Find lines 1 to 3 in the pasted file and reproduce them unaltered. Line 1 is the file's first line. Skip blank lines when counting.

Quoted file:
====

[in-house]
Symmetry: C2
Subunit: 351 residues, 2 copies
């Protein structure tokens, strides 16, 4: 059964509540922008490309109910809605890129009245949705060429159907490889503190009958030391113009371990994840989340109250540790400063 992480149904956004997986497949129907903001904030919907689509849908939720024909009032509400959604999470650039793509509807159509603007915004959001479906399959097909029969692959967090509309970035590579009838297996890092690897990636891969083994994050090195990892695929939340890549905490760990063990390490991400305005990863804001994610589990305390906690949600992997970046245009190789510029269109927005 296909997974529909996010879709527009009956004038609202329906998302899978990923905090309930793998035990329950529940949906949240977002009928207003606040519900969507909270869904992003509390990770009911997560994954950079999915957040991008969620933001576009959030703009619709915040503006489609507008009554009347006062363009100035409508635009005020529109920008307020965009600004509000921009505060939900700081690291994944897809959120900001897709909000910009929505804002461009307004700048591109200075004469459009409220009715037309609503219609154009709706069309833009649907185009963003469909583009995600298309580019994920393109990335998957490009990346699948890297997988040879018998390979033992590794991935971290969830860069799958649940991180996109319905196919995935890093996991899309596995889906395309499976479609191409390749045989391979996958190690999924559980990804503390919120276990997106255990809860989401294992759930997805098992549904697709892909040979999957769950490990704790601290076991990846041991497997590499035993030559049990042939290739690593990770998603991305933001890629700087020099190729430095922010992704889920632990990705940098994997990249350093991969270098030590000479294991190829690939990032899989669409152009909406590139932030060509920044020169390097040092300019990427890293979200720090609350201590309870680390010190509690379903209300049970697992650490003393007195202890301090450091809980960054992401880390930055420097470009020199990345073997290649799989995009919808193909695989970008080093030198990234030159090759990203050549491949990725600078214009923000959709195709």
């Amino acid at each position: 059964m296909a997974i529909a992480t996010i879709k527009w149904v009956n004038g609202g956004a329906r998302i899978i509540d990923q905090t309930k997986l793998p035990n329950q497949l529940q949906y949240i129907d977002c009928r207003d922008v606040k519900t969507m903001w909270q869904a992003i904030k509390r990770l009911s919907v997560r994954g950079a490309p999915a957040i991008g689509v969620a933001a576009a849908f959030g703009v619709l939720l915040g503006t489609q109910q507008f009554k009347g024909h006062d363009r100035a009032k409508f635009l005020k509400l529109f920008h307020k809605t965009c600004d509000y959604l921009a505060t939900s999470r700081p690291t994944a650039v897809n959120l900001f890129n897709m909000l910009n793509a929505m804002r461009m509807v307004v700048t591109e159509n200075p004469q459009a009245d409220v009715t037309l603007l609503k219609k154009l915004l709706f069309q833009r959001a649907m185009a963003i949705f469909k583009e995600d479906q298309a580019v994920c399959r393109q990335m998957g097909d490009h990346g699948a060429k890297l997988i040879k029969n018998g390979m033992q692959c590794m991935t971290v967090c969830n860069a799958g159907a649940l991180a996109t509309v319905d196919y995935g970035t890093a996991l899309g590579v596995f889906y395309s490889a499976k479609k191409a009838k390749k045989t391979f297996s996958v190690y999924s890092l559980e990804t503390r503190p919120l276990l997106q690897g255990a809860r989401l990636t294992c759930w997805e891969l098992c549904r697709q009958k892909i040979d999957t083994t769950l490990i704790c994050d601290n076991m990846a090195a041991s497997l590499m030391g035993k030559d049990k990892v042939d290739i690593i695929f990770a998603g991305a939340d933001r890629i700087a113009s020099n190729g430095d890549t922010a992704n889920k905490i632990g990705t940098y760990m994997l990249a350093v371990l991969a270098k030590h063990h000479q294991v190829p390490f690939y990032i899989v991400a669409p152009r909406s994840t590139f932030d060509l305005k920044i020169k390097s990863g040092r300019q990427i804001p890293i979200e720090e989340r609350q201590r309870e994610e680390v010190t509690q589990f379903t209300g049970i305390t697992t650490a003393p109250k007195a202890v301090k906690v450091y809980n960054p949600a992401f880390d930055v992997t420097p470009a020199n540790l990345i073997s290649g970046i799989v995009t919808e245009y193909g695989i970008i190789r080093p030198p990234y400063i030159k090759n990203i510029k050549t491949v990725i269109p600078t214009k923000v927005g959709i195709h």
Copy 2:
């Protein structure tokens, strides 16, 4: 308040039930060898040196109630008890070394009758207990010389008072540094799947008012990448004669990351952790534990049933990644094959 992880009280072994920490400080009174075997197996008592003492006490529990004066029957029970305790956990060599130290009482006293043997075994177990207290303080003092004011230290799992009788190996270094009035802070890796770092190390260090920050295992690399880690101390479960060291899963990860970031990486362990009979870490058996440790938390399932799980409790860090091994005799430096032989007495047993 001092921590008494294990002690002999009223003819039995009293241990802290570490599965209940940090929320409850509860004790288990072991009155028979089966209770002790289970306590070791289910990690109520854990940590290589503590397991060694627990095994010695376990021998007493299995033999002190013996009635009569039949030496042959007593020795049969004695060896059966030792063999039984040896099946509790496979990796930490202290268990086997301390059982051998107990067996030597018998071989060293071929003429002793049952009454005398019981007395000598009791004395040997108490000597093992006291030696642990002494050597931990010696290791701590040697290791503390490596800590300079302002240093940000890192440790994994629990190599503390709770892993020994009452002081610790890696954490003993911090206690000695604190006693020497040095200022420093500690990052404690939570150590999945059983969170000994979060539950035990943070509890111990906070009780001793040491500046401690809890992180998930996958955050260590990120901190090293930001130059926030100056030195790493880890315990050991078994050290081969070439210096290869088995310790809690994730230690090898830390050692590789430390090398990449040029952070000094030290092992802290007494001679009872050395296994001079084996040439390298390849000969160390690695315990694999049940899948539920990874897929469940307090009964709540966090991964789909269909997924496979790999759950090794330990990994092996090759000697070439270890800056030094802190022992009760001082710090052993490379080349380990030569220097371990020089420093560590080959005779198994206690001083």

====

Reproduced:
[in-house]
Symmetry: C2
Subunit: 351 residues, 2 copies